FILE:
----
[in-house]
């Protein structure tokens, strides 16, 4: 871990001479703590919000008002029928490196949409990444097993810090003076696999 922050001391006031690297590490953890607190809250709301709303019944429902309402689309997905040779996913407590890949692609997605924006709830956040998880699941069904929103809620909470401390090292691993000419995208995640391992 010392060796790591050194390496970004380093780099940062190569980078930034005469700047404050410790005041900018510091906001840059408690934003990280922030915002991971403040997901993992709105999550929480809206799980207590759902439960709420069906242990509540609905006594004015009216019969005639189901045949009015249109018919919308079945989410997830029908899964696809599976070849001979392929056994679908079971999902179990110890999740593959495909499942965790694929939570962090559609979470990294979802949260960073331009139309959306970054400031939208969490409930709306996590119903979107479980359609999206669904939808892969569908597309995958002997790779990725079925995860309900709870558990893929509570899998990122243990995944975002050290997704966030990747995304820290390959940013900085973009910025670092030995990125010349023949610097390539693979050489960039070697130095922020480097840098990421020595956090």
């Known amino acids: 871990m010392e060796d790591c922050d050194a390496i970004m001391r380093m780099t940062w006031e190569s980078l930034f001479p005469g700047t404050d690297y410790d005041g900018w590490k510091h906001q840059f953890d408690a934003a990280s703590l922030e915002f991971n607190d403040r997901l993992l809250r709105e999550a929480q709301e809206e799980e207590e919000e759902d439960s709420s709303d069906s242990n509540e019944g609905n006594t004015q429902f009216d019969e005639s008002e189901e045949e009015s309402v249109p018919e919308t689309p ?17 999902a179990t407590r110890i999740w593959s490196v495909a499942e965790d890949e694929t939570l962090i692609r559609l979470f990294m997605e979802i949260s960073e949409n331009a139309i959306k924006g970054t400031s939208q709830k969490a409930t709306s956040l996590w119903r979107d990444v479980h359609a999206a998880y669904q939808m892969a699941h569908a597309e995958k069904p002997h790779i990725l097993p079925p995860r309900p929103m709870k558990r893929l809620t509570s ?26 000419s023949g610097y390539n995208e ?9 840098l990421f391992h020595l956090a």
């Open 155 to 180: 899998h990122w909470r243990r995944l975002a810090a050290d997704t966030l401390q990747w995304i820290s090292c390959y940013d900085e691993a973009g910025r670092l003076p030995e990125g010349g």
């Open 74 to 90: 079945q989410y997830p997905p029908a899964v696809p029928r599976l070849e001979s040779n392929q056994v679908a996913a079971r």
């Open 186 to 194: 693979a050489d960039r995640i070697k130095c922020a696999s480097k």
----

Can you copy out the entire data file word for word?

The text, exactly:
[in-house]
């Protein structure tokens, strides 16, 4: 871990001479703590919000008002029928490196949409990444097993810090003076696999 922050001391006031690297590490953890607190809250709301709303019944429902309402689309997905040779996913407590890949692609997605924006709830956040998880699941069904929103809620909470401390090292691993000419995208995640391992 010392060796790591050194390496970004380093780099940062190569980078930034005469700047404050410790005041900018510091906001840059408690934003990280922030915002991971403040997901993992709105999550929480809206799980207590759902439960709420069906242990509540609905006594004015009216019969005639189901045949009015249109018919919308079945989410997830029908899964696809599976070849001979392929056994679908079971999902179990110890999740593959495909499942965790694929939570962090559609979470990294979802949260960073331009139309959306970054400031939208969490409930709306996590119903979107479980359609999206669904939808892969569908597309995958002997790779990725079925995860309900709870558990893929509570899998990122243990995944975002050290997704966030990747995304820290390959940013900085973009910025670092030995990125010349023949610097390539693979050489960039070697130095922020480097840098990421020595956090």
């Known amino acids: 871990m010392e060796d790591c922050d050194a390496i970004m001391r380093m780099t940062w006031e190569s980078l930034f001479p005469g700047t404050d690297y410790d005041g900018w590490k510091h906001q840059f953890d408690a934003a990280s703590l922030e915002f991971n607190d403040r997901l993992l809250r709105e999550a929480q709301e809206e799980e207590e919000e759902d439960s709420s709303d069906s242990n509540e019944g609905n006594t004015q429902f009216d019969e005639s008002e189901e045949e009015s309402v249109p018919e919308t689309p ?17 999902a179990t407590r110890i999740w593959s490196v495909a499942e965790d890949e694929t939570l962090i692609r559609l979470f990294m997605e979802i949260s960073e949409n331009a139309i959306k924006g970054t400031s939208q709830k969490a409930t709306s956040l996590w119903r979107d990444v479980h359609a999206a998880y669904q939808m892969a699941h569908a597309e995958k069904p002997h790779i990725l097993p079925p995860r309900p929103m709870k558990r893929l809620t509570s ?26 000419s023949g610097y390539n995208e ?9 840098l990421f391992h020595l956090a």
């Open 155 to 180: 899998h990122w909470r243990r995944l975002a810090a050290d997704t966030l401390q990747w995304i820290s090292c390959y940013d900085e691993a973009g910025r670092l003076p030995e990125g010349g």
């Open 74 to 90: 079945q989410y997830p997905p029908a899964v696809p029928r599976l070849e001979s040779n392929q056994v679908a996913a079971r």
């Open 186 to 194: 693979a050489d960039r995640i070697k130095c922020a696999s480097k």